Indeed, there may be unintended negative consequences of over-emphasising the importance of structural knowledge about gambling and probability. It may lead to suggestions (either inferred by the gambler or implied by others) that those who get into trouble do so because they are ‘stupid’ – something that is likely to undermine attempts at recovery and impair attempts at support.
All of this does not mean that education about the odds is misplaced. Understanding probability is a component of YGAM’s ‘Train the Trainer’ PSHE workshop programme for teachers and youth workers. However, it is only one part of a much broader approach that aims to promote healthy awareness of the risks associated with gambling.
After all, we know from Gambling Commission research that children and young people are more likely to consider betting and gaming to be means of making money. However, the same research also suggests that young people are also highly predisposed to see gambling as something that is glamorous. Risk of gambling-related harm amongst young people is a complex subject and requires a sophisticated response.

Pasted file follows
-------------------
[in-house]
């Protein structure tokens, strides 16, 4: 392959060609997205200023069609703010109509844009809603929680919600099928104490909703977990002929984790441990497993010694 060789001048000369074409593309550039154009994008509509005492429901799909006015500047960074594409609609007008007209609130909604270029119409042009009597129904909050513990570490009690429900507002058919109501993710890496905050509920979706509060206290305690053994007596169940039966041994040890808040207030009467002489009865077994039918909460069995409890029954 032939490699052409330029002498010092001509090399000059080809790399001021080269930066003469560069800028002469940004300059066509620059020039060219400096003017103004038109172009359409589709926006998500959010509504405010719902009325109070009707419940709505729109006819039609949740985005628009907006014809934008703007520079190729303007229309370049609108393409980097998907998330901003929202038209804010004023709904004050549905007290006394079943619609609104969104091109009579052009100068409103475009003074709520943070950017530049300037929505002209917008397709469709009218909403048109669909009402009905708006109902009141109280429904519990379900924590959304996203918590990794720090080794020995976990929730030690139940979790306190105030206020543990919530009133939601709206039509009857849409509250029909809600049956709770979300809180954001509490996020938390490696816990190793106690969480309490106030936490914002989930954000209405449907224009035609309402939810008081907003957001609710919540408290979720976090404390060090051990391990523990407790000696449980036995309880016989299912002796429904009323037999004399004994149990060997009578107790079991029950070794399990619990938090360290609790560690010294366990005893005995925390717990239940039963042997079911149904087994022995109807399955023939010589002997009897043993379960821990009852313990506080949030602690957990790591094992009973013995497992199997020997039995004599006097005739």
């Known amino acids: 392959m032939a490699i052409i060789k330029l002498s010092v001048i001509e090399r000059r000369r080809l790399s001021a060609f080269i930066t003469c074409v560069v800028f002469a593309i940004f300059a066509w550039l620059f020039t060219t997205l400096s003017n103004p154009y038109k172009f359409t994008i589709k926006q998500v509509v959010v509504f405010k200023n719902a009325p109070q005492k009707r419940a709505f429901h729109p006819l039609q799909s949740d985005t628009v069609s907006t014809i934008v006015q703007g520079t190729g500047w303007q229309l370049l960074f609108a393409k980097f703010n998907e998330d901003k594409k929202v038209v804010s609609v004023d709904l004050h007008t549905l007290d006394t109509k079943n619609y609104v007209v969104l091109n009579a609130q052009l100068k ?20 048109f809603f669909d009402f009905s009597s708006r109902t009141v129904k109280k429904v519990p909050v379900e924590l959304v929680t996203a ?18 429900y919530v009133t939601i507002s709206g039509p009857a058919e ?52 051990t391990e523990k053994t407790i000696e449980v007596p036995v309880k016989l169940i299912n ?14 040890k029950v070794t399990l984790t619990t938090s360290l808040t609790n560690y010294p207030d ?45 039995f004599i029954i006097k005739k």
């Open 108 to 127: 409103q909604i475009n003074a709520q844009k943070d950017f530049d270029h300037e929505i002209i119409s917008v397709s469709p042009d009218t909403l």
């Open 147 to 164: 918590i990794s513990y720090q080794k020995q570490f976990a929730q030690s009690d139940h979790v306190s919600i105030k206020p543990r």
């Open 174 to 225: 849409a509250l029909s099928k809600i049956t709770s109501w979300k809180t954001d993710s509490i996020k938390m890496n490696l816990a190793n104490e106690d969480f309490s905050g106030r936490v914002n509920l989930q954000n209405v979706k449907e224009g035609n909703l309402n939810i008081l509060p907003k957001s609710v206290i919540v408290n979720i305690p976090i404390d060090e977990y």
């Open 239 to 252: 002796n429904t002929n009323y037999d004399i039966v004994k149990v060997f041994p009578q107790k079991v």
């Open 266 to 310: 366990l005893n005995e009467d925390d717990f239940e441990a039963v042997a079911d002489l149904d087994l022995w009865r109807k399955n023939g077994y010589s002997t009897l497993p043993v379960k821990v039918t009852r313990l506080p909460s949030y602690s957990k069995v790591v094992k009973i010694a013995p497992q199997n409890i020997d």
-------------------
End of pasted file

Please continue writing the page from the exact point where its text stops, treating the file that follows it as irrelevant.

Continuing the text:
Lee Willows, the chief executive of YGAM puts it this way: “There is a high level of concern about children and youth participation in gambling. In some ways this is helpful as it shines a light on a subject that was neglected for far too long. However, we must take care not to assume that there are quick fixes or silver bullets. At YGAM, we have always emphasised the need for a broad approach to youth education – and one that recognises the need to link with other organisations involved with harm prevention.”
The punchline seems to be that while the heightened interest in youth gambling harm is to be welcomed, we need to guard against over-simplification. If we can do this the odds of making meaningful progress will surely shorten in our favour.